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39 Possible Causes for Hyperpnea, Hyperventilation, Lip Cyanosis

  • Acute Respiratory Distress Syndrome

    Cyanosis (blue skin, lips, and nails caused by lack of oxygen to the tissues) is often seen.[] Finally, women were more likely to be exposed to a high VT and hyperventilation.[] Sedatives Narcotics Breathing vomit into the lungs Trauma Sepsis (infection of the blood) COPD and ARDS ARDS can be brought on by shortness of breath, chronic coughing, hyperventilation[]

  • Asthma

    (very pale or blue coloring in the face, lips, fingernails) Rapid movement of nostrils Ribs or stomach moving in and out deeply and rapidly Expanded chest that does not deflate[] Her Nijmegen score dropped from positive to negative for hyperventilation (from 39 to 7). Her anxiety-depression levels both reduced into 'normal' ranges.[] Negative emotions like stress, anxiety , depression , or fear can cause an attack, often by causing hyperventilation (heavy, fast breathing). (7) Certain medications.[]

  • Pitt-Hopkins Syndrome

    These episodes can cause a lack of oxygen in the blood, leading to a bluish appearance of the skin or lips (cyanosis).[] We will discuss the clinical and genetic diagnosis of a child with severe psychomotor delay, who at 3 years of age presented with paroxysms of hyperpnea-apnea and seizures[] Pitt-Hopkins syndrome is characterized by mental retardation, hyperventilation, and dysmorphic features due to TCF4 mutations.[]

  • Chronic Obstructive Pulmonary Disease

    (cyanosis) seen in them. [14] The hypoxia and fluid retention leads to them being called "Blue Bloaters."[] The body compensates with lowered cardiac output and hyperventilation.[] […] or fingernail beds (cyanosis) Frequent respiratory infections Lack of energy Unintended weight loss (in later stages) Swelling in ankles, feet or legs People with COPD are[]

  • Pulmonary Disorder

    (cyanosis) seen in them. [14] The hypoxia and fluid retention leads to them being called "Blue Bloaters."[] Patients with predominantly emphysema, on the other hand, are described as “pink puffers” as they are very breathless and hyperventilate (with pursed lips), but have near[] […] diagnosis Make a diagnosis Symptoms disproportionate to lung function deficit Look for other explanations including cardiac impairment, pulmonary hypertension, depression and hyperventilation[]

  • Hypoxia

    The most common symptom of hypoxia is cyanosis , a bluish cast to the skin, lips and/or fingernails.[] Hyperventilation. How Long Can a Person Survive Oxygen Deprivation?[] Symptoms and causes of cyanosis include: The person's lips or fingernail beds may appear blue Certain lung conditions in which lung function is compromised as asthma, COPD[]

  • Pulmonary Edema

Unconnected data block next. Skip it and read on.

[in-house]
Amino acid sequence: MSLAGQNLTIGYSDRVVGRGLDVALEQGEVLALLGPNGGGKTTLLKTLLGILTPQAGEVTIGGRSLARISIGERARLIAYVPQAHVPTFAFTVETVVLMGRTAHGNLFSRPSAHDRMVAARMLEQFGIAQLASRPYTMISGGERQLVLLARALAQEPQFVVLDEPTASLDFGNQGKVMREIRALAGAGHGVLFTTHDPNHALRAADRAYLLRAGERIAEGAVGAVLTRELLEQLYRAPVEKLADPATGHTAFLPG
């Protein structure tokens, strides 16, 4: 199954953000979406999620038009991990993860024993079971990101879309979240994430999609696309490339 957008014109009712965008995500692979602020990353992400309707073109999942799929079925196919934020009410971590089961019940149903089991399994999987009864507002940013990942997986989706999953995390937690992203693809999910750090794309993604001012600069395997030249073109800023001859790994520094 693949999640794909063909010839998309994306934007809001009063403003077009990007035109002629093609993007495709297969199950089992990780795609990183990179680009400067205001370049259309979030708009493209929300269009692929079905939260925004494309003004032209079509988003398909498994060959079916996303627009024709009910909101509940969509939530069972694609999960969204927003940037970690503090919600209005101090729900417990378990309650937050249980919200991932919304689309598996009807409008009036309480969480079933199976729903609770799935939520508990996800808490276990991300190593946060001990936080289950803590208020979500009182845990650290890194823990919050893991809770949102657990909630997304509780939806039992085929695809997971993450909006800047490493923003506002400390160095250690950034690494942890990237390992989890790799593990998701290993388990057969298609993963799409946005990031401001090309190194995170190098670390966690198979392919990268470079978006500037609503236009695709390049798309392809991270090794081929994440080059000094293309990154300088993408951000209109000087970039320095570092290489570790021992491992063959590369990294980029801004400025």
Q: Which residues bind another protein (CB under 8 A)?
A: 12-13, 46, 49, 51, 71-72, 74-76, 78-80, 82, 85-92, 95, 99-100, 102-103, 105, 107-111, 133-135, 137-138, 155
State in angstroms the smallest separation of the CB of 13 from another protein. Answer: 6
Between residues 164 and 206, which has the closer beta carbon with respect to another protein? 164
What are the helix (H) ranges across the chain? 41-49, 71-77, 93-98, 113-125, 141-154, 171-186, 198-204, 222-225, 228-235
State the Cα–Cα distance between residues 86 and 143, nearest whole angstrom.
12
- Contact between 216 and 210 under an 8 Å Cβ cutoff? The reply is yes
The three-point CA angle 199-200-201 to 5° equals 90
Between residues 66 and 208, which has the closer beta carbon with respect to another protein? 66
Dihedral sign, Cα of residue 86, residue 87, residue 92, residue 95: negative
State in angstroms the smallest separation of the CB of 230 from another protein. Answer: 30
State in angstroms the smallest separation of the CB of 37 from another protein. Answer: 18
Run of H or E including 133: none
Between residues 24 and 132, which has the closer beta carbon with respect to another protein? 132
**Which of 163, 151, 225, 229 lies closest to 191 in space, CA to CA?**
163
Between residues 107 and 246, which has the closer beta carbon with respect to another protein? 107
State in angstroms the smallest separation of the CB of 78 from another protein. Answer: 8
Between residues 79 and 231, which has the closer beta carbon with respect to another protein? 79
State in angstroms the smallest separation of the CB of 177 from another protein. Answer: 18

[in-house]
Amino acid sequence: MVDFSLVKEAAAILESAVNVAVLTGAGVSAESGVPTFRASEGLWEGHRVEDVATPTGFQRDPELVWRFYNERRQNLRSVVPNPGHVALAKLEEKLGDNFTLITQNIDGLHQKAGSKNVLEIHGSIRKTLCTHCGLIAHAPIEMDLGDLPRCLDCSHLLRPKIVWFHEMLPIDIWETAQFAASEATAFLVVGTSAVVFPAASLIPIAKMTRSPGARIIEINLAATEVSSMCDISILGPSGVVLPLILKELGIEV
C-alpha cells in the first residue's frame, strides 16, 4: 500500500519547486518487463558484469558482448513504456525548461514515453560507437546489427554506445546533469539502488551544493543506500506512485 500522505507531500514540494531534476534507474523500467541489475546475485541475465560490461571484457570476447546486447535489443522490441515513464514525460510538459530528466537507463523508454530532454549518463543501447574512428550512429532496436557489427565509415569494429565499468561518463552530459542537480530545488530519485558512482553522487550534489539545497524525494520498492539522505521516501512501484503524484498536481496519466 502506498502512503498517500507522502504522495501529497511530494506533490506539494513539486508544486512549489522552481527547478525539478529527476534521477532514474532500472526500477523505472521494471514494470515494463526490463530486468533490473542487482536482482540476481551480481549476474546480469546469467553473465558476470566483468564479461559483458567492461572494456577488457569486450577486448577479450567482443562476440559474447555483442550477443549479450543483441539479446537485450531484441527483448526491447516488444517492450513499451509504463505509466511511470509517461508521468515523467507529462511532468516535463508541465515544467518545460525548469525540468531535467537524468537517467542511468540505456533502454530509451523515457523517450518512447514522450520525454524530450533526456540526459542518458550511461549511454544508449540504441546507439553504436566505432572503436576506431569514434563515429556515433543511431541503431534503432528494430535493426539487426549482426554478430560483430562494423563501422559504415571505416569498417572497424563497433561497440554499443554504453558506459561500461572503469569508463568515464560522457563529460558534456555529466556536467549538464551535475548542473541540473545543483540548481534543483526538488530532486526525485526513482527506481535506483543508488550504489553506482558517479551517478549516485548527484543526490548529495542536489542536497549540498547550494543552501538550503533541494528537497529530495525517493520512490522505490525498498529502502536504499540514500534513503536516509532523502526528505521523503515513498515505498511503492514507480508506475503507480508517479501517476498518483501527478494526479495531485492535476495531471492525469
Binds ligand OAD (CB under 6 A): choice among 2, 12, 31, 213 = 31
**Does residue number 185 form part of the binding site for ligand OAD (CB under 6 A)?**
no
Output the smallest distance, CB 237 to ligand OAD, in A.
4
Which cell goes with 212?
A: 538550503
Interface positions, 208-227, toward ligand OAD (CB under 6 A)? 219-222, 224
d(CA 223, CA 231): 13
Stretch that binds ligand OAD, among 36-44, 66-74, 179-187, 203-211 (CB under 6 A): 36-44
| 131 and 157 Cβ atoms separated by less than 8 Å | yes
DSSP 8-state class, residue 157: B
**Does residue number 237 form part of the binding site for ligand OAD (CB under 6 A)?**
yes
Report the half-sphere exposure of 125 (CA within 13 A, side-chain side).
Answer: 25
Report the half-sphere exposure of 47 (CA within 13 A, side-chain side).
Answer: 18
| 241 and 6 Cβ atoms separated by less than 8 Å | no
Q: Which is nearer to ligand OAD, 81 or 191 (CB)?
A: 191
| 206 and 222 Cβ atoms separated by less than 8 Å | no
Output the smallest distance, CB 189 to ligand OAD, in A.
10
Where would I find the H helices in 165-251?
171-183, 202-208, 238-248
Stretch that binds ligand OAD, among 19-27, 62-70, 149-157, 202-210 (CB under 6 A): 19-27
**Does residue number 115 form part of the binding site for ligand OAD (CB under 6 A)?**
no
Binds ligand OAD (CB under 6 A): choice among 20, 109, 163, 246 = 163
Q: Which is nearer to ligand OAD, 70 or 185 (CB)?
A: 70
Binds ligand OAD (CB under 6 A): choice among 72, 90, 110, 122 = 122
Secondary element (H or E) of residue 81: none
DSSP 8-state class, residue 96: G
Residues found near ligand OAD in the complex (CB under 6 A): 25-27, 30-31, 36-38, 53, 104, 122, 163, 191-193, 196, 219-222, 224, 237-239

The heart rate is usually over 120 per minute, the pulse may be very weak and the lips and fingernail beds may be blue (cyanosis).[] Abstract Hyperventilation manifested by a low arterial carbon dioxide pressure (Pa CO2 ) is a common feature of pulmonary venous congestion (1-3).[] In the past, it was commonly taught that patients with pulmonary edema were hypocapnic and alkalotic because of hyperventilation.[]

  • Cardiogenic Shock

    Rapid and deeper respirations (hyperventilation) due to sympathetic nervous system stimulation and acidosis. Fatigue due to hyperventilation and hypoxia.[] […] following: confusion and anxiety sweating and cold extremities (fingers and toes) rapid but weak heart beat (tachycardia) low or absent urinary output (oliguria) fatigue due to hyperventilation[] Clinical characteristics include hypotension; hyperventilation; cold, clammy, cyanotic skin; a weak and rapid pulse; oliguria; and mental confusion, combativeness, or anxiety[]

  • Asphyxia

    Choking and hyperventilating are everyday examples that cause lack of oxygen to the brain.[] Drug overdose Exposure to extreme low pressure or vacuum to the pattern (see space exposure ) Hanging , whether suspension or short drop hanging Self-induced hypocapnia by hyperventilation[] .- ) hypoxic ischemic encephalopathy [HIE] ( P91.6- ) late metabolic acidosis of newborn ( P74.0 ) P84 ) hyperventilation ( ICD-10-CM Diagnosis Code R06.4 Hyperventilation[]

  • Cyanotic Congenital Heart Disease

    Affected individuals may experience cyanosis, a condition characterized by bluish lips, fingers, and/or toes as a result of non-oxygenated blood being pumped throughout the[] Fallot Symptoms are variable depending of degree of obstruction Cyanosis – is variable (isn’t present at the birth, occurs later in the 1st yr of life) Digital clubbing and hyperpnea[] In contrast to the diminished ventilatory response to hypoxia which has been found at rest in cyanotic congenital heart disease, hyperventilation was noted on exercise in[]

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